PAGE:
Bookmarks: Jesus Christ ‘punk rock’ star
Written and illustrated by Sean Murphy, “Punk Rock Jesus” is a graphic novel with a reasonably simple story. Not a retelling of the Christ story in the Bible, “Punk Rock Jesus” is a social commentary of how religion dictates the actions of an entire race. It’s easy to identify and understand, yet mind-blowing to read.
Without getting preachy Murphy creates characters that are believable and human with flaws, insecurities and doubts when the foundations of their own identities have been shaken.
“Punk Rock Jesus” tells two stories: the backstory of Thomas McKael who becomes a major character later in the novel displays the detrimental effects of religious based radicalism, the desire for redemption and the catch-22 demands of faith with organized religion that tear at McKael.
A reflection of the point of view of many people “post-religion,” McKael’s background story adds depth to the foreground story of “Punk Rock Jesus.”
The “foreground” story is a blend of science, science-fueling religion, religion being manipulated for money and their effects on the people involved. The story begins with a multi-million dollar corporation of OPHIS funding the cloning of DNA allegedly from the Shroud of Turin to manufacture the “second coming of Jesus Christ” as a plot for a reality TV show.
The new Mary is selected according to audience expectations and the DNA of the clone is also altered to aesthetically please the audience, from looking like a person actually from Jerusalem to someone “out of a children’s bible… light skin and blue eyes.” And that’s just the beginning.
The cast of characters, who at first seem predictable and archetypal, turn out to be the most human characters I’ve seen in a graphic novel in a long time. Progressing through the spectrum of human emotion, we see the literal articulation of how popular victimizes the very people we, as a religious body, idolize.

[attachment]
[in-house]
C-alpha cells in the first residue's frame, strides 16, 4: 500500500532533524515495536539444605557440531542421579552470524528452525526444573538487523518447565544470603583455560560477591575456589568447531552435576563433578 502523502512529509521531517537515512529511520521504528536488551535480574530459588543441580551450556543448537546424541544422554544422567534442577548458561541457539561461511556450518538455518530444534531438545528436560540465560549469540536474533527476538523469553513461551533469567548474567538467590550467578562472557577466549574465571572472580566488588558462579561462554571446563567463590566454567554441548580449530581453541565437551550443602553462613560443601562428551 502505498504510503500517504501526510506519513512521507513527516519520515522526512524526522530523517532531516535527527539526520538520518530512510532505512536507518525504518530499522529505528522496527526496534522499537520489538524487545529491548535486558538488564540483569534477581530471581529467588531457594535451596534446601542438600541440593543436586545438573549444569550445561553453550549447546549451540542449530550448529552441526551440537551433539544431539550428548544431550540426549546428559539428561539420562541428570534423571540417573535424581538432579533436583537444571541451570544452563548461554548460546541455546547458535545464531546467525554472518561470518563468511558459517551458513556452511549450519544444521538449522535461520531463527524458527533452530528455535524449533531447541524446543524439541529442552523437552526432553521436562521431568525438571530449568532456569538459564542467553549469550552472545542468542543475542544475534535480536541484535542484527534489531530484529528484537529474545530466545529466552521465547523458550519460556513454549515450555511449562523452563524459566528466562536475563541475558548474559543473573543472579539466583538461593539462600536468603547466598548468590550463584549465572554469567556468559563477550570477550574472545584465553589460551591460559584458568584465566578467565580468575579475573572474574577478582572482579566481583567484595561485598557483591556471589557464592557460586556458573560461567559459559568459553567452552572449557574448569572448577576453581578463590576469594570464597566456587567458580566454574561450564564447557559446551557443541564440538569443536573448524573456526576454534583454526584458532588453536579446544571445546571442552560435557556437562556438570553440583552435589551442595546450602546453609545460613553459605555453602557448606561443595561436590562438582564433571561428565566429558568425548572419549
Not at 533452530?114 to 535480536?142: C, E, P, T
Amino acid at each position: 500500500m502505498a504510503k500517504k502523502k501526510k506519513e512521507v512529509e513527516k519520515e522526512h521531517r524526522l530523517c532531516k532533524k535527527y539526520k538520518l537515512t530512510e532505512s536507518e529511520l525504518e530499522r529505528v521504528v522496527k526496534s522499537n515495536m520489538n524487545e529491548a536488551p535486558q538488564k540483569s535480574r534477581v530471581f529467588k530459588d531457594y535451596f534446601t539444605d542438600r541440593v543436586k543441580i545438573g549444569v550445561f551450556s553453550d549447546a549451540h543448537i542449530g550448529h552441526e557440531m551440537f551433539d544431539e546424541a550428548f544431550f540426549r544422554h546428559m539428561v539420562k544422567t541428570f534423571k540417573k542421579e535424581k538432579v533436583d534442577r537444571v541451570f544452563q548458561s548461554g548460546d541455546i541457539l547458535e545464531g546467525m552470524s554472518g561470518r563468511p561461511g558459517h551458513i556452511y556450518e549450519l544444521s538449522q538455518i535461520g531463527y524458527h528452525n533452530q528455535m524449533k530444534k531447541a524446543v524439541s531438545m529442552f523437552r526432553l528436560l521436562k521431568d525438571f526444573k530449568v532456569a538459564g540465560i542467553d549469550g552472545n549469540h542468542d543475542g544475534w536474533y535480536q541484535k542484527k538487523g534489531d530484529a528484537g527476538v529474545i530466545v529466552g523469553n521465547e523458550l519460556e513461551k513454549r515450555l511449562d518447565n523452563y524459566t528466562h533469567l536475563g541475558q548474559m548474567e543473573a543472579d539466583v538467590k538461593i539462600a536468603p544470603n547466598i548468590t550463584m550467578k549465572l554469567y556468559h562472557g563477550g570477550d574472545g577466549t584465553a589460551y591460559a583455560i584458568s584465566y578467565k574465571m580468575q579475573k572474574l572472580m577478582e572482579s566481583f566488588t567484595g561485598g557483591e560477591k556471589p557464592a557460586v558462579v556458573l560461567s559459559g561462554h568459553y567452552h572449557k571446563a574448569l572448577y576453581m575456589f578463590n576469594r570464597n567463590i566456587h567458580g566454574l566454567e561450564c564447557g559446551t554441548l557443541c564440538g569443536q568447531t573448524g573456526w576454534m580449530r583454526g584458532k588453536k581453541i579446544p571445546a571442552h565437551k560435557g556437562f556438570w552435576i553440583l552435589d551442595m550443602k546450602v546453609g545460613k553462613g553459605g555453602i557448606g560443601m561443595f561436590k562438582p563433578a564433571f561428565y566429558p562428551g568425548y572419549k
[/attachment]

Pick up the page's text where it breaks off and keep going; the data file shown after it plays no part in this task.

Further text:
The (alleged) DNA from the Shroud of Turin develops into an angsty teenager that rebels against the limited life OPHIS has done everything to make him live. OPHIS has censored everything Chris, Jesus deux, has been taught, in regards to book learning and social exposure. Chris blows the lid off OPHIS’sw censorship militant censorship by hijacking books outside OPHIS’s education database and Thomas McKael’s punk rock vinyl collection. From his secondary education, Chris loses his religion and ironically starts a worldwide following.
Uncomfortable, disheartening, kick ass and inspiring, “Punk Rock Jesus” inspires its readers to not “give in to the opiate of the masses.” However, it’s not advocating violence, but introspection and finding your own foothold between education and religion.
Everyone should read “Punk Rock Jesus,” whether you like graphic novels or not. This one in particular is not over-done, contrived, preachy or over-reaching in any way.
It makes you think, and think hard, and not just every time you open a Bible, but every time you turn on a device of any kind, and the effect small actions have on the world around you.